i tri man

Many times a conversation with a doctor, or a long hard look in the mirror will spur the recognition that you need to do something different and will drive you to those first difficult steps of starting. But weeks later, you find that motivation has started to fade or drifted away, the conversation with you doctor “wasn’t that bad, was it?” As humans, we have a great capacity to forget or with time, dismiss things that were once impactful and noteworthy. And if you have been leading a lifestyle that is not resulting in the physical health and fitness that you desire, slipping back into those old habits and forgetting why you wanted to start in the first place can happen to any of us, especially as the challenge of pushing yourself gets harder, long unused muscles get sore, and results aren’t instantaneous.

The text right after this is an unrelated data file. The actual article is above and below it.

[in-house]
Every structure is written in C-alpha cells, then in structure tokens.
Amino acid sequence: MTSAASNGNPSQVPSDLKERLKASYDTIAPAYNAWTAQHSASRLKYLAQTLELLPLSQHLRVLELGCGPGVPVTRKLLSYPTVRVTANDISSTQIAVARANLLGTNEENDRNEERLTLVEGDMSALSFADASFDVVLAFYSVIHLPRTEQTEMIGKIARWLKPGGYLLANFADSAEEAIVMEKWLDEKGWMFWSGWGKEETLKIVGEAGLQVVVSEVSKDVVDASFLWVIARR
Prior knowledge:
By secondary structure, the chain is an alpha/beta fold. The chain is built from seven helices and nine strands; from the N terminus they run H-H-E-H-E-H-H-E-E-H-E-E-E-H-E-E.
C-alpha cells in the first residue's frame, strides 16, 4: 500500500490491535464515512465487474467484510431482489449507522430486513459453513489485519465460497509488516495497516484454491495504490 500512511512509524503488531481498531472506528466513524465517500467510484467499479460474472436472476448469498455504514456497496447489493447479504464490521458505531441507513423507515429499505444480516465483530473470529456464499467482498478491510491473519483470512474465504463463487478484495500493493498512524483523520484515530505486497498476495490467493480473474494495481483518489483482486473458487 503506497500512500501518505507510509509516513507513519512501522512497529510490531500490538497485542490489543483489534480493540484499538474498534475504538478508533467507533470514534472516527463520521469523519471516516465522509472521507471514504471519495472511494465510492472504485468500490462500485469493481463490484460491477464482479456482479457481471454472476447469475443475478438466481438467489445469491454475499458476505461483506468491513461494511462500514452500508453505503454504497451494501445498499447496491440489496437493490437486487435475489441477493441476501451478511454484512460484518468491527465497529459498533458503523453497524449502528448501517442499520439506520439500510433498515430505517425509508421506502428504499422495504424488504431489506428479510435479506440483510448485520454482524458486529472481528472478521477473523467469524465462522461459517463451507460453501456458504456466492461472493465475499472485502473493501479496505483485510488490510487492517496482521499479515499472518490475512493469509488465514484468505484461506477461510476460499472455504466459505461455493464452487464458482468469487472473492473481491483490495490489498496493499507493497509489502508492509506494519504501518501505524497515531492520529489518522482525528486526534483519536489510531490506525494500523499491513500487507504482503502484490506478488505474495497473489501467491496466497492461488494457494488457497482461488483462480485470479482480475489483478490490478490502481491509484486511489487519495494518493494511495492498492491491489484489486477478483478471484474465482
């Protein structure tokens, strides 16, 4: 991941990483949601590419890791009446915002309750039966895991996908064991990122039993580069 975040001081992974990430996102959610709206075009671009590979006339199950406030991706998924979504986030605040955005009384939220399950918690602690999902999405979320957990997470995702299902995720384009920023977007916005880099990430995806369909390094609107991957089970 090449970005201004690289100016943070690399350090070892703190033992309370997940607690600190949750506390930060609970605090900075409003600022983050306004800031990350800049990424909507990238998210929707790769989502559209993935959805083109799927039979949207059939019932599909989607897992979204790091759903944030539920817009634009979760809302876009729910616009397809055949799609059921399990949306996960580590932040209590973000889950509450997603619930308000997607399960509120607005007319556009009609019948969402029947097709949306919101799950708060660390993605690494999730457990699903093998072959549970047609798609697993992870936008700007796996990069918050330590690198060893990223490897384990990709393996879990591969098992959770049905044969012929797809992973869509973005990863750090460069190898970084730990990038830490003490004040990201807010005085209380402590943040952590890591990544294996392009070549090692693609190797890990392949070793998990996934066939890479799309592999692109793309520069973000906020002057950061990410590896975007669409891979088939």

How do I do it? How do I stay motivated? It has been a process to say the least. Now at 43, I have found the combination of focus and desire that keep me going. It wasn’t always this way. I too had many cycles of start and stop, and start again. It is difficult to start, it is even more difficult to start again because we realize how far we had gotten the last time we started, how much work we had invested and we let it all go; we have to do it all again. For me, in time, the gaps between exercising and eating healthy and not have gotten smaller. What once use to measure months (or years) between starting again is now measured in days off.

Flowers Plantation Sprint Triathlon Fun